Celebrity Eclipse Cruise Review by terrierjohn: Accessible cruise to the Western Med. on the Eclipse
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Accessible cruise to the Western Med. on the Eclipse
Destination: Europe - Western Mediterranean
This was our first Celebrity cruise from Southampton, although we had previously done 2 Caribbean cruises with them. This was our third cruise since my wife became a wheelchair user, the others being with P&O, so it would be interesting to compare Eclipse with Azura and Ventura.
We travelled down the night before staying overnight at the Premier Inn at Southampton airport the second time we had stayed here and it did not disappoint, especially as we had managed to book a room for only Â£29.
We had free parking which worked very smoothly, with ABP you park the car yourself instead of the valet parking system used by CPS, the Blue badge car park is adjacent to the luggage drop off point which was very convenient. We arrived about 11:45 and were on board by about 12:30; however the cabins were not available until 2:00, so we headed for the Ocean view cafe to get cracking on our 2 weeks of over eating.
The accessible stateroom seemed slightly smaller than the More equivalent on Azura/Ventura, but they are certainly more luxurious, P&O's staterooms seemed a little more utilitarian. However Celebrity is a bit meaner when it comes to storage space. Unlike the AB cabins there is no over bed storage and the wardrobe has only double hanging, there is no full height open drawer storage as P&O have; and a lot less normal drawer space than P&O's accessible cabins have. But somehow we managed to unpack and stow everything once our cases arrived.
Where Celebrity's HC cabins do score though is with the automatic door openers, this makes entry and exit with a wheelchair so much easier. This system also applies to the public restrooms and again makes wheelchair access a doddle. Initially the lack of separated disabled toilets seemed a bit disconcerting, this meant that we had to use the ladies facilities only, but in fact this was never a problem at least not for us, although I did get some strange looks when we used busy toilets.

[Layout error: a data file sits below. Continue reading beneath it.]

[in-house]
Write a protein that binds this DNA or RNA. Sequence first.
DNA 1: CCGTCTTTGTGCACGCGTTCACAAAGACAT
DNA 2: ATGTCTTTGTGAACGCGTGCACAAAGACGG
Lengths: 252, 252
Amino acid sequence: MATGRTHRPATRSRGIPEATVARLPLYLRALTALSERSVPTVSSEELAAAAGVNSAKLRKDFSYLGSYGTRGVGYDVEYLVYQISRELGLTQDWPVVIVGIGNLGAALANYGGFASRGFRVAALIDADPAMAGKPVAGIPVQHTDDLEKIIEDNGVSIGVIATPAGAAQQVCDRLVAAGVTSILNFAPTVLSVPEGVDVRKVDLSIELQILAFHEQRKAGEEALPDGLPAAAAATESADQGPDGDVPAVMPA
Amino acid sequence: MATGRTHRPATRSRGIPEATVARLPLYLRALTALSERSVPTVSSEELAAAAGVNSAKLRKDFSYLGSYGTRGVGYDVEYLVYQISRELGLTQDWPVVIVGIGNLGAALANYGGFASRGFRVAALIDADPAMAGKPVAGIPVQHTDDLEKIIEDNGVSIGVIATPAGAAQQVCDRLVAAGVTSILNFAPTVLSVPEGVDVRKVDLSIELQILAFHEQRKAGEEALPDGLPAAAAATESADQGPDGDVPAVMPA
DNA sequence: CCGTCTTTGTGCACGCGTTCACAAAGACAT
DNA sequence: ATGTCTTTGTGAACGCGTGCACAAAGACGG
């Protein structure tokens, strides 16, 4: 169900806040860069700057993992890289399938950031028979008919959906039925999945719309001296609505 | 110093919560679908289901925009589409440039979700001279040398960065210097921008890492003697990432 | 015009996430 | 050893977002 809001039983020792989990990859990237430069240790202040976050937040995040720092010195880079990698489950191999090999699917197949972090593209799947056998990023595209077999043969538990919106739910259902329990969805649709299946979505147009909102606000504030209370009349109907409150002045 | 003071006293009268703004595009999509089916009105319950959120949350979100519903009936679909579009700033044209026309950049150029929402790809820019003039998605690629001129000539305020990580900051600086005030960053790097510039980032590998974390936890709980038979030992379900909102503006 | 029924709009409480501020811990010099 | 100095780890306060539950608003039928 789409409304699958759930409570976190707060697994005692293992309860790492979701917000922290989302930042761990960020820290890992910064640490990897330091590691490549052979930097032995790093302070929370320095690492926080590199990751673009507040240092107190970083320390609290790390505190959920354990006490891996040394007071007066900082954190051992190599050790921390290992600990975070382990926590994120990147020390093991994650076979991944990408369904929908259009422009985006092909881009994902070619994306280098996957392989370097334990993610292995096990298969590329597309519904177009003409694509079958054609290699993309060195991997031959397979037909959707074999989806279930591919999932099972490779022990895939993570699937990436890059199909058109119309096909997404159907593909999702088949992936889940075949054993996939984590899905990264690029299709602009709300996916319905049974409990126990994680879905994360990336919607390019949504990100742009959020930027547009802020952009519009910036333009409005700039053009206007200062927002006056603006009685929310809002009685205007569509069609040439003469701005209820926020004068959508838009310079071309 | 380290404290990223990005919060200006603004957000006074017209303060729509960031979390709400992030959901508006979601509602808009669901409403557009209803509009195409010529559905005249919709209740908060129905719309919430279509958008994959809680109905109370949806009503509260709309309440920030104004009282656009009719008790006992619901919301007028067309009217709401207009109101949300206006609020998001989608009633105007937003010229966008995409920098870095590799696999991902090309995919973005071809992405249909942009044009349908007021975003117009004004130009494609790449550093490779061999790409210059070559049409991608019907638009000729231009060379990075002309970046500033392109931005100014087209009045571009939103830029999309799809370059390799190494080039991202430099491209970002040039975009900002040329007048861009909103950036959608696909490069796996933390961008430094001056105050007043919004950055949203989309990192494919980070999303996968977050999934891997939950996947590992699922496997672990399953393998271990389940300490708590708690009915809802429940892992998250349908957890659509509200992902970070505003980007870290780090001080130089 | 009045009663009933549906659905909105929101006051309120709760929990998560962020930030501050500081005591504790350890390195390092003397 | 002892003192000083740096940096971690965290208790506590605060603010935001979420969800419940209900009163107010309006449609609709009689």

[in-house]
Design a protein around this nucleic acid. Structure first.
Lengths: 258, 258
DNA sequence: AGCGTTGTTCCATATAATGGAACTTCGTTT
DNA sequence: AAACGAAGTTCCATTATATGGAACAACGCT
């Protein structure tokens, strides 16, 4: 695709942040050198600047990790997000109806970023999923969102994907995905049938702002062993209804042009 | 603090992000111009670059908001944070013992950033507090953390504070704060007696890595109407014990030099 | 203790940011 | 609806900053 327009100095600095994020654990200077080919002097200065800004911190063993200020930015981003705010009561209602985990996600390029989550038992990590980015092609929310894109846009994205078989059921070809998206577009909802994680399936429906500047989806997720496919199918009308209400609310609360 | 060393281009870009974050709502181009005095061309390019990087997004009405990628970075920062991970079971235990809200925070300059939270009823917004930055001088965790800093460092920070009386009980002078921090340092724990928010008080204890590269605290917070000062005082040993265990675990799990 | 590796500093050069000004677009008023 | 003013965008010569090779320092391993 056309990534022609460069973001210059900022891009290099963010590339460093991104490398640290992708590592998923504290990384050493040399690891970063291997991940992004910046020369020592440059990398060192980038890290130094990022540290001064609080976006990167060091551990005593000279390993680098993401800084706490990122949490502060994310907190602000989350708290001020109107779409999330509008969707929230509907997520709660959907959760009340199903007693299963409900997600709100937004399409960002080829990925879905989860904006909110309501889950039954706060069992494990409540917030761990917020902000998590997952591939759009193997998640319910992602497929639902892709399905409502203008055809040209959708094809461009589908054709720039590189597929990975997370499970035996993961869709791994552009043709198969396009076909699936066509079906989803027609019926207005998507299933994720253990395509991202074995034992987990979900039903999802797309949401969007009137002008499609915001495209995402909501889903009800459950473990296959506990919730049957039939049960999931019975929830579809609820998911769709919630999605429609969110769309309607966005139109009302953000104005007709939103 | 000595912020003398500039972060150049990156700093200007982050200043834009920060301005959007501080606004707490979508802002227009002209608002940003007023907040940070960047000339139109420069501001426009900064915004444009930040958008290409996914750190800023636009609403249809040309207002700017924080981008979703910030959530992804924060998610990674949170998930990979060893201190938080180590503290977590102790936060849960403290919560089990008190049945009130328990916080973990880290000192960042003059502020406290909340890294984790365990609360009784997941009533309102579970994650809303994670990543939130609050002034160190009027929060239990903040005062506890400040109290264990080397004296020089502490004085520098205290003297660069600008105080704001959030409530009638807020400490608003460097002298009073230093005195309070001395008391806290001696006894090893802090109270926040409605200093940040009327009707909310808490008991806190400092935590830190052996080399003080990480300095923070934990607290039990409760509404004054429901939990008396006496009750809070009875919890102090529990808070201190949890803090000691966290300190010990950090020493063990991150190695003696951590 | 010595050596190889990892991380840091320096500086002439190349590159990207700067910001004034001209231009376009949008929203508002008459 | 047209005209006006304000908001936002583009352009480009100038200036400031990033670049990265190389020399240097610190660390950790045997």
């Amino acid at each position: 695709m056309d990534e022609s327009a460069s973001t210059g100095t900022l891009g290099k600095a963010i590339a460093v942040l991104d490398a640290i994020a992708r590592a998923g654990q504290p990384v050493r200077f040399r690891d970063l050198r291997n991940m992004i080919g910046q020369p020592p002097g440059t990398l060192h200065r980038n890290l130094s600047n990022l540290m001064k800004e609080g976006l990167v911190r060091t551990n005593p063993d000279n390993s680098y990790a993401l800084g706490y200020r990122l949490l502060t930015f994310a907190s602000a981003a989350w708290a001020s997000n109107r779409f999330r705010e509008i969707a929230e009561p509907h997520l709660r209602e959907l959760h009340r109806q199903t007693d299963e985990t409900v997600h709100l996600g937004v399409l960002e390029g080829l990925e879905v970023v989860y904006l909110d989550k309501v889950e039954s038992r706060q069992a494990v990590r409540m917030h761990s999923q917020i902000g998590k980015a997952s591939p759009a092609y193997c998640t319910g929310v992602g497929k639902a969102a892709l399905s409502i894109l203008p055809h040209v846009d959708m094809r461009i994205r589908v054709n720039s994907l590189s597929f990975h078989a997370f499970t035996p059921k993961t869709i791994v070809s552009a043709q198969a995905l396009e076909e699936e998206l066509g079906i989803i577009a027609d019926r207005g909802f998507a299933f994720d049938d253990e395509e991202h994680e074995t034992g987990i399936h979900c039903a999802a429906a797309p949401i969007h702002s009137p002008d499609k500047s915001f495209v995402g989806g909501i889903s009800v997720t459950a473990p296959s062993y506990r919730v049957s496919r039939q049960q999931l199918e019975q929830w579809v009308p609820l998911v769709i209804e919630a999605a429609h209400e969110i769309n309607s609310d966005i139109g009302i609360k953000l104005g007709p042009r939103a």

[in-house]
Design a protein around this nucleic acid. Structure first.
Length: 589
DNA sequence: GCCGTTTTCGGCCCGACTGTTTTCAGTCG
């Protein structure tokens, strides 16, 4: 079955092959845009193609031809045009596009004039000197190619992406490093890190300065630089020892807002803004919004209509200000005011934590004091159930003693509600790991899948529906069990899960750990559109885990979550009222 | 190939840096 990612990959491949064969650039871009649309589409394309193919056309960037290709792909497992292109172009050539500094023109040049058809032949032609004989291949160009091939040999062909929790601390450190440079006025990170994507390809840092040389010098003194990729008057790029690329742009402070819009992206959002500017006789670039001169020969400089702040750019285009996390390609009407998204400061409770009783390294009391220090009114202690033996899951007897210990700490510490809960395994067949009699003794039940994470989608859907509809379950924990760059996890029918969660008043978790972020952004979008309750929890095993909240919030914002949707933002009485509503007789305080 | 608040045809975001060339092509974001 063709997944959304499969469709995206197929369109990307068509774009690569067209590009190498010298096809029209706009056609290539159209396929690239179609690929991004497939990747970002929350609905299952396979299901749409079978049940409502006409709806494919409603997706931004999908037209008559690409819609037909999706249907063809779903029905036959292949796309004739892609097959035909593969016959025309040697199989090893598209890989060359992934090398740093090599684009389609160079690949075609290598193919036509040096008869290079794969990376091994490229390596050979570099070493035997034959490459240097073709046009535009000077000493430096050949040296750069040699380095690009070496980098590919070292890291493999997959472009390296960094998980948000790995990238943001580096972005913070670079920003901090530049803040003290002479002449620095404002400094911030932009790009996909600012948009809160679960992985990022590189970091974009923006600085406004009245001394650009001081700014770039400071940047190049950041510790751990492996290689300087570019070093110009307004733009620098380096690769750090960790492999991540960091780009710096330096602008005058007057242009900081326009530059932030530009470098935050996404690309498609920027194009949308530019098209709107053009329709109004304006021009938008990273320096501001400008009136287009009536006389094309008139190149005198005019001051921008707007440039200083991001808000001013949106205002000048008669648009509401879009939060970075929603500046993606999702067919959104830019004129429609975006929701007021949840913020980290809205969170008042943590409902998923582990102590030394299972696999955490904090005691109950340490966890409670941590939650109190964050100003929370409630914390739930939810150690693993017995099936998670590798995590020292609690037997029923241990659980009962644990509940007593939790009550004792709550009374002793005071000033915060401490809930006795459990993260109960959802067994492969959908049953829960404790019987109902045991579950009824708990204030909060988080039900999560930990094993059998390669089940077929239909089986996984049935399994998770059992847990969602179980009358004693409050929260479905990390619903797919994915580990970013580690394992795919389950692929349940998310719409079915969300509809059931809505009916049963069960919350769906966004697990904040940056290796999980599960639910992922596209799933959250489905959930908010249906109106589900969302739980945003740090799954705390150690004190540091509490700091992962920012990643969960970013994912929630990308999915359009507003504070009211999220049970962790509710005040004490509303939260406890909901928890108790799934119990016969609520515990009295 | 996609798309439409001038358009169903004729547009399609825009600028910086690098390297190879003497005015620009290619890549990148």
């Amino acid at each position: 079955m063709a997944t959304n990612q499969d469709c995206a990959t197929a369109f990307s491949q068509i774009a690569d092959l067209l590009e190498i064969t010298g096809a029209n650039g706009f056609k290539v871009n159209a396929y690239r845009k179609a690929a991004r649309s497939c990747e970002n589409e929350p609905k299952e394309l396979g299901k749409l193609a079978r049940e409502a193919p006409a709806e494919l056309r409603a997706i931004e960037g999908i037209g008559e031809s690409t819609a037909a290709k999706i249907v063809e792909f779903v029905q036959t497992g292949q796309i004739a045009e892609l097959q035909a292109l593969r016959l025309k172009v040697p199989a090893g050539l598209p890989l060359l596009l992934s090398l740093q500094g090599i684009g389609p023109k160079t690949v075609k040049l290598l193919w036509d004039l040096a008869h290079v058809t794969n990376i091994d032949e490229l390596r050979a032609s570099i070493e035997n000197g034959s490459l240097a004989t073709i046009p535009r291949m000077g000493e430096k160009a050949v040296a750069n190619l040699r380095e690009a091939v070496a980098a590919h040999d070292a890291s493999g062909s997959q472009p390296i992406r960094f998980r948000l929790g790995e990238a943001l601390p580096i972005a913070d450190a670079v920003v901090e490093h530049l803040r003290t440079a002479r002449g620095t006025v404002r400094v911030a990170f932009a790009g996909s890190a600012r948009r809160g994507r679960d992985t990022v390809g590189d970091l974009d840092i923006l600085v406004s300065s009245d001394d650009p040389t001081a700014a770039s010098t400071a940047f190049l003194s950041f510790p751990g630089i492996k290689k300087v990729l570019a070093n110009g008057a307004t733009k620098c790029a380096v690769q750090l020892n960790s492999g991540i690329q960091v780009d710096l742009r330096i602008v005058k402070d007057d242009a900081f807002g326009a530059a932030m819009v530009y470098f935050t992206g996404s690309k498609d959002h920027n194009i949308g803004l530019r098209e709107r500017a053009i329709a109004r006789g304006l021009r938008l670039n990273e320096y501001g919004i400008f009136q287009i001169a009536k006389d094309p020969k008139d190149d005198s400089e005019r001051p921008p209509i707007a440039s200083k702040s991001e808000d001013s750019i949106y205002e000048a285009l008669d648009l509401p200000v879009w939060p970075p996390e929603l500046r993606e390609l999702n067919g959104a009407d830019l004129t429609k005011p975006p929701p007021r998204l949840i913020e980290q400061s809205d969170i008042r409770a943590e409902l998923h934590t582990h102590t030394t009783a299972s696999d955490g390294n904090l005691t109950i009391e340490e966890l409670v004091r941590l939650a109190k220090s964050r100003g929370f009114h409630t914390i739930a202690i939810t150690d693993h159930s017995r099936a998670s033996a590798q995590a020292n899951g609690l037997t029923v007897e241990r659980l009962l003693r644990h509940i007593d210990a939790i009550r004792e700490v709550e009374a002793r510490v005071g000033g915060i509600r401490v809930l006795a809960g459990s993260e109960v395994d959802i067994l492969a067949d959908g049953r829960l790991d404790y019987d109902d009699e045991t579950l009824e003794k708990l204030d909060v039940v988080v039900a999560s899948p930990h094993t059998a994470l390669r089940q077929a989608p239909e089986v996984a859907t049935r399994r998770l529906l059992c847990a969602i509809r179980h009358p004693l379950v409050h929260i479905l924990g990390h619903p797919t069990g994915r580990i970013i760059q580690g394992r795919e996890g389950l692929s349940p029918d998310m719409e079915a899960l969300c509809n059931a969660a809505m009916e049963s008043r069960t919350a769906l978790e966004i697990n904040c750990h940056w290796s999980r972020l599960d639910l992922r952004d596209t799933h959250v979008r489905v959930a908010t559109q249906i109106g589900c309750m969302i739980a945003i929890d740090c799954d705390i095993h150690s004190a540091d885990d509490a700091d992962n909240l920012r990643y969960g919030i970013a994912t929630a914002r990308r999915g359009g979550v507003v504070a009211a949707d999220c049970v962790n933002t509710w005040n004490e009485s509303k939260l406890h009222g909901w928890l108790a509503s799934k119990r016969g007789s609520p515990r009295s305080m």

The ship itself is beautiful but in an understated sort of way, there is no "wow" factor with the Solstice class, although the MDR when the tables are fully set for dinner looks quite magnificent. Our cabin was in the forward section of deck 7 but fairly close to the forward lifts, which is essential for wheelchair users. Once you know the location of the main areas navigating your way around the ship is fairly easy, all the dining areas are in the aft sections, unlike the Princess Grand class with their midship dining rooms which means you can only access their larger aft dining room via the stairs or lifts.
Food quality is always a personal issue but we give Eclipse 5 stars for all their food and dining venues. The Oceanview buffet restaurant has a well-designed central servery area with access from both side's seating areas, unlike Grand class ships. We only ate breakfast and lunch here, it did get crowded at busy periods but we always managed to find seats somewhere. For dinner we had chosen Select dining, Celebrity's version of Anytime dining, on Eclipse this now occupies the entire upper tier on deck 4, clearly it is becoming increasingly popular. We never pre-booked a time or table but never had to wait to be seated, however we always shared a table and never requested a table for two. We never had a bad food experience except for one fish dish which was quite dry; however we had been advised by the waiter in his explanation of the day's menu that this would be the case, so we had been warned. We booked two speciality restaurants, Murano and Tuscan Grill, we enjoyed Tuscan best, mainly because of the superb view over the wake from its location aft on deck 5, but both provided a fine dining experience and a bit more personal service than you do get in the MDR.
Entertainment on Celebrity is not as good as P&O, there were only 3 production shows on our 14 day cruise, there were guest entertainers in the Theatre on the other nights but ventriloquists, illusionists, jugglers and some singers don't really excite us, but we did watch a good comedian and also an excellent violinist, however 2 or 3 good quality Tribute acts would have been most welcome. Other than the Theatre and the Sky Observation lounge the remaining entertainment areas on Eclipse are only adjuncts to the various bars, there are no venues which match Manhattan or Malabar on Azura. As for the regular entertainers on board, the party band Twist of 8 were quite good and the 4 man A Cappella group was worth watching, although their best offering was as the Four Seasons in the Jersey Boys section of the West End and Broadway musicals production show.